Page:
I left my newspaper job in November, after about a dozen years as a journalist. Before I go any further, I think it’s important to say that I loved being a newspaper reporter. I loved newspapers. Still do.
I didn’t leave the business because newspapers across the country — including the company I worked at — are faltering. Honestly, it was an industry I loved and believed in enough that I probably would have stuck with it until the very end, like captain of a sinking ship.
I also didn’t leave because I believe more strongly in the Internet than I do in newspapers. Well, sort of.
The reason I left is that I realized that I loved my idealized version of journalism, but I’d grown to despise what most newspaper journalism has become.
I read an interesting article yesterday that argued journalists don’t really earn their pay anymore because they’ve failed to differentiate themselves from one another. The idea is that journalists all write the same thing, and in an age where so much information is free, there can be no premium on information. Today’s newspaper journalists whine that they deserve better pay, and that the Internet is basically stealing their lunches. They warn us that when newspapers are gone, nobody will be left to mind the store. Government will run roughshod over the people, they say, if the people are unwilling to support journalists with high pay — and keep those presses running while they’re at it.
Journalists don’t get it. And that is why I left the newspaper industry. It’s why I’ll never go back.
Journalism is not a job; it’s a privilege. It’s what some of us get to do while the rest of the world goes to real jobs. Jobs that suck. Jobs that require back-breaking, mind-numbing labor. Jobs that make the world keep chugging along. They build your cars. They cook your hamburgers. They clean your streets. They keep streets safe, they propose and pass legislation, they educate children. They do actual necessary work.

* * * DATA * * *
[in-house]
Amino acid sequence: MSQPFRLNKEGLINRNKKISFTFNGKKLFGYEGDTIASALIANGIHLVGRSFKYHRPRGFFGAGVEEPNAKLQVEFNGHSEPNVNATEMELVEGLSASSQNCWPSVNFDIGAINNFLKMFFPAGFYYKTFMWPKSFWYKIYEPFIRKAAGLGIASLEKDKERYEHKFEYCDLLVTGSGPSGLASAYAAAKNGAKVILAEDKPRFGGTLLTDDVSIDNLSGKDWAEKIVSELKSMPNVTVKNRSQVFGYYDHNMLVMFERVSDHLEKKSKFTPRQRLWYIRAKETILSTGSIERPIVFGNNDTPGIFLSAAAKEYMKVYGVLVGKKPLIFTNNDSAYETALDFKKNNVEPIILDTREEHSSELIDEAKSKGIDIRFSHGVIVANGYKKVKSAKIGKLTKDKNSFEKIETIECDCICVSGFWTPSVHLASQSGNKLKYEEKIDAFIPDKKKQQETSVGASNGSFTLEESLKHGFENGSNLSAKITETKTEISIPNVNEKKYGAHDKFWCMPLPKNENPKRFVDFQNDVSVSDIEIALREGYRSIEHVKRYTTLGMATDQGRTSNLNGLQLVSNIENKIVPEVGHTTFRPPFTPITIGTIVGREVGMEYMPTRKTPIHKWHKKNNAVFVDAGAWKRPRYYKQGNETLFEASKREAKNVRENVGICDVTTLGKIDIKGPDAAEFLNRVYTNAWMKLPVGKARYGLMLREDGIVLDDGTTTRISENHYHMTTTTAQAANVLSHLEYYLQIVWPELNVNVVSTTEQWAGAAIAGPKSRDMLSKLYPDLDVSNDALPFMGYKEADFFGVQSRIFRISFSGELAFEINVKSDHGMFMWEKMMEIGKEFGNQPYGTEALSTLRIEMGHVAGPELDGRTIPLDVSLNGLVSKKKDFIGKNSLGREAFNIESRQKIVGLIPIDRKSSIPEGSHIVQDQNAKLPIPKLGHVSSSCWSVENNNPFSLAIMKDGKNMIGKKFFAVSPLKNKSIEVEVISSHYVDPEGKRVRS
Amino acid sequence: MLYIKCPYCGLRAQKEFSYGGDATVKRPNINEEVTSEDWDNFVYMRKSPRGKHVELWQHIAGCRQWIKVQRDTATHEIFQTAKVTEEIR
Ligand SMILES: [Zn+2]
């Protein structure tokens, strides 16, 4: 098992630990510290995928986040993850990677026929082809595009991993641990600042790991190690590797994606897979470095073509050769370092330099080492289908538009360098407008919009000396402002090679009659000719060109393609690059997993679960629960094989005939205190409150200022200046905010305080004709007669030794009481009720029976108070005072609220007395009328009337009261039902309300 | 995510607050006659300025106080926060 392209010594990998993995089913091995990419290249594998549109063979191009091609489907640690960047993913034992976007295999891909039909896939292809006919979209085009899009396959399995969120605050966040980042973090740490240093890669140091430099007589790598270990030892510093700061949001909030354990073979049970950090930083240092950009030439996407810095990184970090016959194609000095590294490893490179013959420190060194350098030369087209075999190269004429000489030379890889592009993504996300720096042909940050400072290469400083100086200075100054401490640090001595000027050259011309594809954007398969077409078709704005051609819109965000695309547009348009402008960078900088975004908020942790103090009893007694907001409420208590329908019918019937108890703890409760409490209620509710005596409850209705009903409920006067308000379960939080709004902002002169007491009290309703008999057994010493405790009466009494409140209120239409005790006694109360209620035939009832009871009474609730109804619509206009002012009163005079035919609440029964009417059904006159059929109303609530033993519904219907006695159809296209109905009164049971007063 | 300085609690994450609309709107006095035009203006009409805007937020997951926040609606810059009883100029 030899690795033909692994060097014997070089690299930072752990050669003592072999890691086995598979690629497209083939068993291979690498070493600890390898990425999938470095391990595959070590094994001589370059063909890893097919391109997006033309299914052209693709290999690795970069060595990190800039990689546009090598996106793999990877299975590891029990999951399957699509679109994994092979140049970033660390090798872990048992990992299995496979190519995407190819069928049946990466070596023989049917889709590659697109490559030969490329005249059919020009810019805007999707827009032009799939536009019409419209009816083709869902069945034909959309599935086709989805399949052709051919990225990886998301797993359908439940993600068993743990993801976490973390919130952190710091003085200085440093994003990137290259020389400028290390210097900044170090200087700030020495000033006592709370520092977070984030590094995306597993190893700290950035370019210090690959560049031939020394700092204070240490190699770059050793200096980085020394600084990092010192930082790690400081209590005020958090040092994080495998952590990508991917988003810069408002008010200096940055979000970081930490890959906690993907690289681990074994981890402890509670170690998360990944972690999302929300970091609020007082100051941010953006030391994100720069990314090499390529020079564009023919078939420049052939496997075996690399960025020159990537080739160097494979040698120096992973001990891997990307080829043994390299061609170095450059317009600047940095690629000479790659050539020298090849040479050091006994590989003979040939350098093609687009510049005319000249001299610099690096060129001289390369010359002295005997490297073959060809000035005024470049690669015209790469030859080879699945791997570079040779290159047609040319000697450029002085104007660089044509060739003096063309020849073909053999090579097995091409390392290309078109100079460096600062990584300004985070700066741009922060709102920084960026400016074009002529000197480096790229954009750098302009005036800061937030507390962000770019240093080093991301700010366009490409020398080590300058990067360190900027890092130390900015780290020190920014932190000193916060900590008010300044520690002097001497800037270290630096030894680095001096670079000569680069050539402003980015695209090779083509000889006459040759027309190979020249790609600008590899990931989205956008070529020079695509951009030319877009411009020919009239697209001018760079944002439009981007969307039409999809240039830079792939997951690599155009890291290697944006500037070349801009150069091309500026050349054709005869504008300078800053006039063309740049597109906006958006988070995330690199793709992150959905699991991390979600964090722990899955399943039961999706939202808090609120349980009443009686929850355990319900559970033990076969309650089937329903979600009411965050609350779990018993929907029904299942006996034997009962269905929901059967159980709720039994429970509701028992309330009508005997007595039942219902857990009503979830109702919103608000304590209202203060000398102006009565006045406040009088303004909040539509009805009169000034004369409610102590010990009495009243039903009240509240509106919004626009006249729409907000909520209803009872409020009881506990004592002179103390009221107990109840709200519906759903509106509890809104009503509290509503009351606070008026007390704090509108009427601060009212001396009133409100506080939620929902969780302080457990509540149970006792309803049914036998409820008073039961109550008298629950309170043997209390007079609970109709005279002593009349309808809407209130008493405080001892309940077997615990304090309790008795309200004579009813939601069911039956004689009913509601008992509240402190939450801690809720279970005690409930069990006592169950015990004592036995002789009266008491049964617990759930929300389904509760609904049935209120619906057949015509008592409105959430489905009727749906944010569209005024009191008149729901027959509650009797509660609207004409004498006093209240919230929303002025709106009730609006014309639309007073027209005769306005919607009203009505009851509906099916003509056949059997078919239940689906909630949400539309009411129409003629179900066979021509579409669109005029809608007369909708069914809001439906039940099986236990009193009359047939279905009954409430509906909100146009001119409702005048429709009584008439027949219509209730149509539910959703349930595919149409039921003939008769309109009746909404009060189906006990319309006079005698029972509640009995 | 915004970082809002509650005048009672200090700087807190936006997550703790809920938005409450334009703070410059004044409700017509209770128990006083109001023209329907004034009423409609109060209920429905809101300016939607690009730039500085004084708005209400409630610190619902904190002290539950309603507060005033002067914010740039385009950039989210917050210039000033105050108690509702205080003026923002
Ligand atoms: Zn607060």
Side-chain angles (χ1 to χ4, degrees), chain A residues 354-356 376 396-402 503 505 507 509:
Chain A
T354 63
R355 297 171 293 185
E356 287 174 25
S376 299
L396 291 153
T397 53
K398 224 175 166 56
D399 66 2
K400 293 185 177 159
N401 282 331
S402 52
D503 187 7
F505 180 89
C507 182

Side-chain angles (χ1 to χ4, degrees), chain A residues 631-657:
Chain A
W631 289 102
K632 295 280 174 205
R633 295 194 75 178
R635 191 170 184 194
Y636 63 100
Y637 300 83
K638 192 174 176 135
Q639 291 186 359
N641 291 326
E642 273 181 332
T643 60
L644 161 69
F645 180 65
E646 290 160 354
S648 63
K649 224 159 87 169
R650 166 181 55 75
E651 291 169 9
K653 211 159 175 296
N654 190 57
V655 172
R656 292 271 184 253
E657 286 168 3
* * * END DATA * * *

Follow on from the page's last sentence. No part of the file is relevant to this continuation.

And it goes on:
Journalists do what everyone else wishes they could do. They rub shoulders with bigshots. They get to ask tough questions of people in charge when things are going wrong. They get access to people and places most people will never dream of having. And journalists are granted that amazing privilege by the actual workers of the world — those who have the natural curiosity to crane their necks when they pass a wreck at the side of the road, but can’t stop to ask what happened because they have to get to their real jobs.
The privilege journalists have is to pull over, ask the questions, get the answers that everyone else would like. That is the reader’s gift to a journalist: Go out and see all the great and terrible things I wish I could see. The only thing journalists have to do at the end of the day is tell what happened. That’s a dream job. It’s the reason I woke up every morning — because I knew I’d been given this gift.
And so I wrote stories. A lot of them. Sometimes three, even four in a day. And I soaked up every little thing I could. I didn’t sleep much. I drank a lot of coffee and ate terrible food from a vending machine. But I loved it. The fact that I got paid at all? Bonus. And I wrote every story and every column in gratitude. I covered several murders, including a capital murder trial. I covered an Indian land-claim case that threatened to displace thousands of people. I covered human joy and agony every day. And I loved it.
Looking around in the newsrooms I worked in, I found too few people who shared that way of looking at it. Readers, to many of them, are ignorant cows, who desperately gnaw on whatever bits of wisdom the Journalists feel they’re ready to hear. The more the Journalists get paid, the higher they set themselves above their reader. And then, one day, the pay and the privilege and even the job itself become their right, dammit. And nobody better try to take it away.
Yes, newspapers are losing readers to the Internet. But it isn’t the Internet’s fault; the blame lies with journalists who have lost sight of their mission. They’re being replaced by people who may not be well sourced, who don’t have Newhouse master’s degrees and don’t expect a big paycheck at the end of each week. Those replacements — the hated bloggers — aren’t doing it for the pay or the glory. They’re doing it because they love it. And because they’ve been let down for too long.